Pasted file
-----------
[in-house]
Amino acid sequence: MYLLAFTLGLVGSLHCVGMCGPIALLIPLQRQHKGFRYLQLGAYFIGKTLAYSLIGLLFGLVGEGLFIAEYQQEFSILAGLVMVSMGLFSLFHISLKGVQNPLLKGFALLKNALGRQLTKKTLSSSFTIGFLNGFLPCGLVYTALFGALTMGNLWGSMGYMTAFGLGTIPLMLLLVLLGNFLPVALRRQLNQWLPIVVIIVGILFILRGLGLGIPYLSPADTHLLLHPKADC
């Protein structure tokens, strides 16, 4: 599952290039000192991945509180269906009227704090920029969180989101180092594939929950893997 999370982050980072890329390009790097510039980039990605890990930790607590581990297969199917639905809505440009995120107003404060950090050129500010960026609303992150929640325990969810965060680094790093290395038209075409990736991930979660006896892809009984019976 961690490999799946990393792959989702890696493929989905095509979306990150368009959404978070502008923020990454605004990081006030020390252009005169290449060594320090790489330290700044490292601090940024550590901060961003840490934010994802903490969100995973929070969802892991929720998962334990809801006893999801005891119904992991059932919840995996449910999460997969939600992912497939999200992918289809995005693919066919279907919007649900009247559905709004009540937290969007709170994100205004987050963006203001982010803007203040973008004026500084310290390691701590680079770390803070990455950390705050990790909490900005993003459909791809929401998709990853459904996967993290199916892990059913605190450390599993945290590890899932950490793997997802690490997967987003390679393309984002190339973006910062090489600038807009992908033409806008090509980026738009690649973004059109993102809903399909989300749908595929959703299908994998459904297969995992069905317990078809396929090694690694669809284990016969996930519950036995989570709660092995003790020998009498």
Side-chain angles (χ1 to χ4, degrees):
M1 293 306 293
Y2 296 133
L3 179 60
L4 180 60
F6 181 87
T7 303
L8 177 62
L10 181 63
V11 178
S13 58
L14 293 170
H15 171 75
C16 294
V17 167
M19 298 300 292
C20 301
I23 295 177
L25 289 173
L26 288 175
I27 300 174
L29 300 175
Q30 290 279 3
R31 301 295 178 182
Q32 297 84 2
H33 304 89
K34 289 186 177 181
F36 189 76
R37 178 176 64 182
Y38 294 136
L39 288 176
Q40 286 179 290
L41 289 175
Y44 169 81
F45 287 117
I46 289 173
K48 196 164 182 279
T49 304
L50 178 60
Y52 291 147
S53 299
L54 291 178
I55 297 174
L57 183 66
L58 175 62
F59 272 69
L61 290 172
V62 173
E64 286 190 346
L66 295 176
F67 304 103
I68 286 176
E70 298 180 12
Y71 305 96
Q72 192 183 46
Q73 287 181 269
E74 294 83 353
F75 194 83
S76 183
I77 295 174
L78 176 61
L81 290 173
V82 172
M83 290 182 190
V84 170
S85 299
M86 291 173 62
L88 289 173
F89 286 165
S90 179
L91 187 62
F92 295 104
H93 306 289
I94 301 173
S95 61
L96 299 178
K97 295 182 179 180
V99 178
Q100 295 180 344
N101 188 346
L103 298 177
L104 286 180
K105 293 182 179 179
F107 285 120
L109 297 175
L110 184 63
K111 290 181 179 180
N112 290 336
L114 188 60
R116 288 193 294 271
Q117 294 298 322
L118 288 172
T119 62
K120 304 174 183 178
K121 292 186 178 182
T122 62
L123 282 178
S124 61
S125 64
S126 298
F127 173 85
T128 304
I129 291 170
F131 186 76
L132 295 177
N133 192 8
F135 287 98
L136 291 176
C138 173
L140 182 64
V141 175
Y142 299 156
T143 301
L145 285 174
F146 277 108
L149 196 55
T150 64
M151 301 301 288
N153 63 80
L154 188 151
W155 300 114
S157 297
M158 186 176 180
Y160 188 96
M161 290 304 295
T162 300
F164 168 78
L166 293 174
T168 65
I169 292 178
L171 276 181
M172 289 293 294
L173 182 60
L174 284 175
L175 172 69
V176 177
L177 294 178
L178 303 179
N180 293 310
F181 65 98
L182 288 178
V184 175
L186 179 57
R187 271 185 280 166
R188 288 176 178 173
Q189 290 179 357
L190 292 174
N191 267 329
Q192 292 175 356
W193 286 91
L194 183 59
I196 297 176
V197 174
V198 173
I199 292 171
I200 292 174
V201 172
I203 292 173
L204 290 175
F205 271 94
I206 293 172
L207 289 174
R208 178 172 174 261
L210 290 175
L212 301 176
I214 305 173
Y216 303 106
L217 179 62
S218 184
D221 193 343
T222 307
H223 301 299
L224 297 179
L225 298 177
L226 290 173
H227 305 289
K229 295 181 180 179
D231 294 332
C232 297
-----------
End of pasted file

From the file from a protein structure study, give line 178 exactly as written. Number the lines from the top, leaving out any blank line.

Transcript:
L226 290 173